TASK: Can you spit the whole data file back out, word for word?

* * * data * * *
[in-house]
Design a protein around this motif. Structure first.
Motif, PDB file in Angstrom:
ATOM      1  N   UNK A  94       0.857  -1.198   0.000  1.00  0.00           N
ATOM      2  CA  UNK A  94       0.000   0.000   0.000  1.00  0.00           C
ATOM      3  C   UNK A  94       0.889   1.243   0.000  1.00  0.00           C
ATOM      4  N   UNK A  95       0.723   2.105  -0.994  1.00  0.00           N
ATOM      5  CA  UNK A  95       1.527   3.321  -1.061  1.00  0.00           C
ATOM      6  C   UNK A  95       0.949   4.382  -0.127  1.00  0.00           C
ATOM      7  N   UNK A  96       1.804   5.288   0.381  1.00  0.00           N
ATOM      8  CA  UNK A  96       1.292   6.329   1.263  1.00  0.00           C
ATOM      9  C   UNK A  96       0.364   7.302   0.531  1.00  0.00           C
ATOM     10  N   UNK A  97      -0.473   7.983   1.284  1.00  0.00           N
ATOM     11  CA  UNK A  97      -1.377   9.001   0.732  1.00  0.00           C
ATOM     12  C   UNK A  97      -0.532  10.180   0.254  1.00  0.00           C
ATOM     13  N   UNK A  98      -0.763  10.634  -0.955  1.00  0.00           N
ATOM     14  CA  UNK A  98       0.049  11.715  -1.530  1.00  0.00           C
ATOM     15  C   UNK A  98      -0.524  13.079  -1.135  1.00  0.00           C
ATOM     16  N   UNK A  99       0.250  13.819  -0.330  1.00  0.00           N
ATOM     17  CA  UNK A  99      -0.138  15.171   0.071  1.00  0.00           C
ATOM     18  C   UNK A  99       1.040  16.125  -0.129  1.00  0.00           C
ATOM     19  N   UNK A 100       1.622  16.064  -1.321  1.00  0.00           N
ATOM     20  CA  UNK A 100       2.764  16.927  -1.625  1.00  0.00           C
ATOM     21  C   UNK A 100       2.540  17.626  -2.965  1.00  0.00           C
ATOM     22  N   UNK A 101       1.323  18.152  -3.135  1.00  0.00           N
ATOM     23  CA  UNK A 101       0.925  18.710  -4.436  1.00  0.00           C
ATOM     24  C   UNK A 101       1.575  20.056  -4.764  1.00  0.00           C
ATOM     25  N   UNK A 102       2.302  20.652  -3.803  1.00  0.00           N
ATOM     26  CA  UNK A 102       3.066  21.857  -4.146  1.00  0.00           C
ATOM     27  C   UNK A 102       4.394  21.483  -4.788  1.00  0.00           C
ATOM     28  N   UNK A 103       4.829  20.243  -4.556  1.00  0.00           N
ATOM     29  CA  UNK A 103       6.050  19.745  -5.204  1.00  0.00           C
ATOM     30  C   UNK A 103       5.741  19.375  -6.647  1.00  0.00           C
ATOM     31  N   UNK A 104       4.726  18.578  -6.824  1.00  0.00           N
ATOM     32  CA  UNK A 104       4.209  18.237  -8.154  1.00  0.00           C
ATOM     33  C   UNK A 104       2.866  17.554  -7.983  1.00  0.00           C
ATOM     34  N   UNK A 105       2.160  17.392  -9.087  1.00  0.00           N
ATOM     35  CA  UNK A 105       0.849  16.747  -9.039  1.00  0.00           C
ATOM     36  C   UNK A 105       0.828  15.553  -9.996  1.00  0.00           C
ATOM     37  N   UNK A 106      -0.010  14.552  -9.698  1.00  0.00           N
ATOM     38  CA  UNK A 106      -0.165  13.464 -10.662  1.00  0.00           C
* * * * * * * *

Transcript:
[in-house]
Design a protein around this motif. Structure first.
Motif, PDB file in Angstrom:
ATOM      1  N   UNK A  94       0.857  -1.198   0.000  1.00  0.00           N
ATOM      2  CA  UNK A  94       0.000   0.000   0.000  1.00  0.00           C
ATOM      3  C   UNK A  94       0.889   1.243   0.000  1.00  0.00           C
ATOM      4  N   UNK A  95       0.723   2.105  -0.994  1.00  0.00           N
ATOM      5  CA  UNK A  95       1.527   3.321  -1.061  1.00  0.00           C
ATOM      6  C   UNK A  95       0.949   4.382  -0.127  1.00  0.00           C
ATOM      7  N   UNK A  96       1.804   5.288   0.381  1.00  0.00           N
ATOM      8  CA  UNK A  96       1.292   6.329   1.263  1.00  0.00           C
ATOM      9  C   UNK A  96       0.364   7.302   0.531  1.00  0.00           C
ATOM     10  N   UNK A  97      -0.473   7.983   1.284  1.00  0.00           N
ATOM     11  CA  UNK A  97      -1.377   9.001   0.732  1.00  0.00           C
ATOM     12  C   UNK A  97      -0.532  10.180   0.254  1.00  0.00           C
ATOM     13  N   UNK A  98      -0.763  10.634  -0.955  1.00  0.00           N
ATOM     14  CA  UNK A  98       0.049  11.715  -1.530  1.00  0.00           C
ATOM     15  C   UNK A  98      -0.524  13.079  -1.135  1.00  0.00           C
ATOM     16  N   UNK A  99       0.250  13.819  -0.330  1.00  0.00           N
ATOM     17  CA  UNK A  99      -0.138  15.171   0.071  1.00  0.00           C
ATOM     18  C   UNK A  99       1.040  16.125  -0.129  1.00  0.00           C
ATOM     19  N   UNK A 100       1.622  16.064  -1.321  1.00  0.00           N
ATOM     20  CA  UNK A 100       2.764  16.927  -1.625  1.00  0.00           C
ATOM     21  C   UNK A 100       2.540  17.626  -2.965  1.00  0.00           C
ATOM     22  N   UNK A 101       1.323  18.152  -3.135  1.00  0.00           N
ATOM     23  CA  UNK A 101       0.925  18.710  -4.436  1.00  0.00           C
ATOM     24  C   UNK A 101       1.575  20.056  -4.764  1.00  0.00           C
ATOM     25  N   UNK A 102       2.302  20.652  -3.803  1.00  0.00           N
ATOM     26  CA  UNK A 102       3.066  21.857  -4.146  1.00  0.00           C
ATOM     27  C   UNK A 102       4.394  21.483  -4.788  1.00  0.00           C
ATOM     28  N   UNK A 103       4.829  20.243  -4.556  1.00  0.00           N
ATOM     29  CA  UNK A 103       6.050  19.745  -5.204  1.00  0.00           C
ATOM     30  C   UNK A 103       5.741  19.375  -6.647  1.00  0.00           C
ATOM     31  N   UNK A 104       4.726  18.578  -6.824  1.00  0.00           N
ATOM     32  CA  UNK A 104       4.209  18.237  -8.154  1.00  0.00           C
ATOM     33  C   UNK A 104       2.866  17.554  -7.983  1.00  0.00           C
ATOM     34  N   UNK A 105       2.160  17.392  -9.087  1.00  0.00           N
ATOM     35  CA  UNK A 105       0.849  16.747  -9.039  1.00  0.00           C
ATOM     36  C   UNK A 105       0.828  15.553  -9.996  1.00  0.00           C
ATOM     37  N   UNK A 106      -0.010  14.552  -9.698  1.00  0.00           N
ATOM     38  CA  UNK A 106      -0.165  13.464 -10.662  1.00  0.00           C